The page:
When you’re in need of advice and comfort, you could do a lot worse than seek out a Ravenclaw. They know what to say, when to say it, and they’re never afraid to speak their minds.

They’re not pretentious

On top of that, most Ravenclaws aren’t worried about keeping their knowledge to themselves.

From Luna Lovegood to Garrick Ollivander to Head of House Professor Flitwick, Ravenclaws are generally happy to share their experiences, which is always good for a relationship. Plus they know so much stuff. You’d never have to read a textbook again, and just think how much easier it would be to complete a crossword or score 100 per cent in a quiz with a Ravenclaw at your side.

They prize individuality


In his ‘Welcome to Ravenclaw’ speech (which you can only hear if you have been sorted into Ravenclaw), prefect Robert Hilliard talks about Ravenclaw’s people being ‘the most individual’ of any Hogwarts house. In Ravenclaw Tower, individuality – even eccentricity – is a trait to be prized. As free thinkers and free spirits, Ravenclaws push the boundaries of magic in a multitude of ways: they’re happy to experiment, welcoming of new ideas, and the absolute last people to dismiss anyone for being a little bit different. There’d be no need to hide your bad habits or strange tendencies from a Ravenclaw – they’d accept you for who you are, quirks and all.

Most Ravenclaws are honest – to a fault


Luna was the epitome of this very Ravenclaw trait. Her tendency to share her observations without any element of sugar-coating might have made her appear blunt, but she never did it out of cruelness. She doesn’t mean to do anything other than be honest.

Ravenclaws don’t tend to gossip or say things out of malice, but they will always tell the truth. And honesty makes for healthy relationships – even if it is a bit close to the bone sometimes.

They’ll impress you with their great wit

With wisdom comes wit, and Ravenclaws would surely be great company at a dinner table. Not only would they have lots of fascinating stuff to talk about, but as Hogwarts’ quickest thinkers they’d be great conversationalists. We doubt you’d ever run out of things to say to a Ravenclaw, and given their willingness to debate every question they’d probably treat every one of your sentences with the utmost respect – although we suspect they’d prefer deep and meaningful discussions to celebrity gossip. After all, you can’t even get into Ravenclaw Tower without answering a challenging question (which, incidentally, means hanging around outside Ravenclaw Tower is a great place to pick up some witty repartee.)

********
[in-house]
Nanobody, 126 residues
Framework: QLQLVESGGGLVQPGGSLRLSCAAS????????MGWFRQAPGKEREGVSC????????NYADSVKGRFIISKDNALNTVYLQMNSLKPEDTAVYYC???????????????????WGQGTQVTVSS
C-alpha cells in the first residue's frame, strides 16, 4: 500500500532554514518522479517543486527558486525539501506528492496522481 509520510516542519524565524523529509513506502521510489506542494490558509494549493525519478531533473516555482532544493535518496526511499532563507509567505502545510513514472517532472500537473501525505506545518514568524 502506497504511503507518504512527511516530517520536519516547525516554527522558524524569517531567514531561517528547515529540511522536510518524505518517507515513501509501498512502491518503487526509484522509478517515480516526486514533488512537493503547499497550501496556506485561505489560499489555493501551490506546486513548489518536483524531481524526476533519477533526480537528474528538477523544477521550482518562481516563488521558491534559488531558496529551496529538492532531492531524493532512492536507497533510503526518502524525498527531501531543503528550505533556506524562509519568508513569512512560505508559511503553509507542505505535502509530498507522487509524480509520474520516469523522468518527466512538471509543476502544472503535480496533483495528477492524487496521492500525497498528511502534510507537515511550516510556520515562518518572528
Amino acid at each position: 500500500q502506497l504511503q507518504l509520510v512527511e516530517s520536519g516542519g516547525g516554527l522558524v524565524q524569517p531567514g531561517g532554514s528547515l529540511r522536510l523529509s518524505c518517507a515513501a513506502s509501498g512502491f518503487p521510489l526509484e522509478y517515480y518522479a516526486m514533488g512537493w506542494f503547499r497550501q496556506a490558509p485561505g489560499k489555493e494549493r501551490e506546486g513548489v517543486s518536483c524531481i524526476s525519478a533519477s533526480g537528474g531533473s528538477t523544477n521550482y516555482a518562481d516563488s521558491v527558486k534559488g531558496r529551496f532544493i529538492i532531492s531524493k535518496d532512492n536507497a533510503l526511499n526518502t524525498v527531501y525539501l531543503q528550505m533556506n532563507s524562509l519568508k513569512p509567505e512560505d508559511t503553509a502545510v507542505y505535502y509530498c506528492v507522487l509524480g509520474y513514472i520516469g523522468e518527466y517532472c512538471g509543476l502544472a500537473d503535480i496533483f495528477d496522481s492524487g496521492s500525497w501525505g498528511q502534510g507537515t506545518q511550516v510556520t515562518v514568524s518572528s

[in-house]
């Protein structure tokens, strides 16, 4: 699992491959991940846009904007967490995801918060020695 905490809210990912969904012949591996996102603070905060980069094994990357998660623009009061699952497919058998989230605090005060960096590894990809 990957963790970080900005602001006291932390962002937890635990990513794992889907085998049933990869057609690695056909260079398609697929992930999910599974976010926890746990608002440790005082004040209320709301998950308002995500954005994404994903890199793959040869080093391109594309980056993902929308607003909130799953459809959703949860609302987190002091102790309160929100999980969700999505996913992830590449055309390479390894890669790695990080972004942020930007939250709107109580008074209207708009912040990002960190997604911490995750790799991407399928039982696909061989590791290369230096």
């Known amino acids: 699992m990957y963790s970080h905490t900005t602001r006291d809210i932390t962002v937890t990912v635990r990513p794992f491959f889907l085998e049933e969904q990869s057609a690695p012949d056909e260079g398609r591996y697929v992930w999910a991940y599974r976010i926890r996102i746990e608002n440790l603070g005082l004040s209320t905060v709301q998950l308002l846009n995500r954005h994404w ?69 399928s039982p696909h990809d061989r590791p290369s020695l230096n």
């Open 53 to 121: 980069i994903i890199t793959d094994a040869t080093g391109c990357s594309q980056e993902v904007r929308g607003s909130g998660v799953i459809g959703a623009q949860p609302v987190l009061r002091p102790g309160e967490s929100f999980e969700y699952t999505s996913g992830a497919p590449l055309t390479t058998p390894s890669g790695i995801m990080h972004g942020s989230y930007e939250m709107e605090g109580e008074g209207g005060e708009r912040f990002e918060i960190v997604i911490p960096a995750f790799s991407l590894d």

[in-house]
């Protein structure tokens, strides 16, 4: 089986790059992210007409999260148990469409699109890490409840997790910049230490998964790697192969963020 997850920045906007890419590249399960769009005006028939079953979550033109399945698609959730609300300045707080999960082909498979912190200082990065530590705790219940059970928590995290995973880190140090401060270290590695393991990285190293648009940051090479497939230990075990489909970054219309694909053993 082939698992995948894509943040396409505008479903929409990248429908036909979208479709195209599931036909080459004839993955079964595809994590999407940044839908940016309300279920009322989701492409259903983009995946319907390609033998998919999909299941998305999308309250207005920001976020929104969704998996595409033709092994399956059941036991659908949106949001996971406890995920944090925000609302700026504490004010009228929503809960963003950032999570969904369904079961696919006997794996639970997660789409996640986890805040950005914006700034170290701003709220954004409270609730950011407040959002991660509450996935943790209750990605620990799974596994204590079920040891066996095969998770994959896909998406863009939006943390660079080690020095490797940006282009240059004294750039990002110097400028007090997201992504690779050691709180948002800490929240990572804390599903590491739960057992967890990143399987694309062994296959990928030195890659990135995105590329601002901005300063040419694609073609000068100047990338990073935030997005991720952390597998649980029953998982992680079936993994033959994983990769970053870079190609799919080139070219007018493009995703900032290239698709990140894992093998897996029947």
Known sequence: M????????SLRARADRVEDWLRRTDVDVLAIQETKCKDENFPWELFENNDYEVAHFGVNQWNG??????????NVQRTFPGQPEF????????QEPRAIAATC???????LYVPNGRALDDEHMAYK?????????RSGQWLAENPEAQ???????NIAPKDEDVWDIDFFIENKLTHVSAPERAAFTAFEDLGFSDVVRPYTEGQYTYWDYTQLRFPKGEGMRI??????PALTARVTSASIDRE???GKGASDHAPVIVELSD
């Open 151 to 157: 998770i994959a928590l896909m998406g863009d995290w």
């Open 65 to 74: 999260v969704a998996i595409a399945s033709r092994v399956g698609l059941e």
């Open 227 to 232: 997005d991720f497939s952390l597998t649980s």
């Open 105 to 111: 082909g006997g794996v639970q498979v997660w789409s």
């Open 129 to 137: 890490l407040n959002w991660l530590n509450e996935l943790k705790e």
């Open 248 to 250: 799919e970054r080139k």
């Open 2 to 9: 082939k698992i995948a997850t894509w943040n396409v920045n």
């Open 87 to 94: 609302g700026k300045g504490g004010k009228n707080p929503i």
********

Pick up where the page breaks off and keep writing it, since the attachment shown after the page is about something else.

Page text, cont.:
They’re proud of themselves

Ravenclaws are obviously clever, the Sorting Hat sings about it all the time. But it’s more than that. Enthusiasm for learning is, sadly, not always so highly prized – but that’s the point of Ravenclaw. They’re unashamed of their cleverness, proud to be part of a house that values it, and eager to share their knowledge with as many other people as will listen. Such intellectual curiosity makes Ravenclaws extremely interesting partners, and – who knows – they might spur you on to greater feats of discovery, too.


Astronomy 101 — Assignment: Lesson 1


ASTR-101 Assignment: Lesson 1

       I spent the weekend at Hogwarts Library researching and doing my homework (it’s a pity the library closes at 8 p.m.).  One of the topics I researched on was Astronomy: a subject I know very little about.  That night when we had our lesson under the moonlight at the Astronomy Tower, I learnt that Magical Astronomy is the study of the universe and how the happenings in outer space magically affect and directly influence the happenings and the people on Earth.  When I glanced up at the moon that night, it had me thinking about how, in Transfiguration class, we learnt that the full moon had an impact on Werewolf transformations.

       So I came across a few books in the library that talked about ‘Harry Potter & the Prisoner of Azkaban’.  There was a pivotal incident that well-known Harry Potter was involved in on a night where a full moon appeared.  The moon had caused his teacher, Professor Lupin, to turn into a werewolf as he had not taken his Wolfsbane Potion that night.  The moon played a vital role in directly effecting Professor Lupin, to which Professor Lupin had no control over and was at the mercy of the moon’s hands.  What was an affectionate and prudent person just moments before became an aggressive and highly dangerous monster since Werewolves do not keep their human minds and will attack any humans in sight.  Several sources cited that Harry Potter’s godfather, Sirius Black (i.e. the “Prisoner of Azkaban”), then willingly transfigured into his Animagus form—a black dog—in an effort to fight off the werewolf and protect Harry Potter and friends.

       From this unfortunate and untimely event that occurred due to the effects of Astronomy, we can easily see just how much of an impact and control the outer space has over us mere beings on planet Earth.

Transfiguration 101 — Assignment: Lesson 1



TNFG-101 Assignment: Lesson 1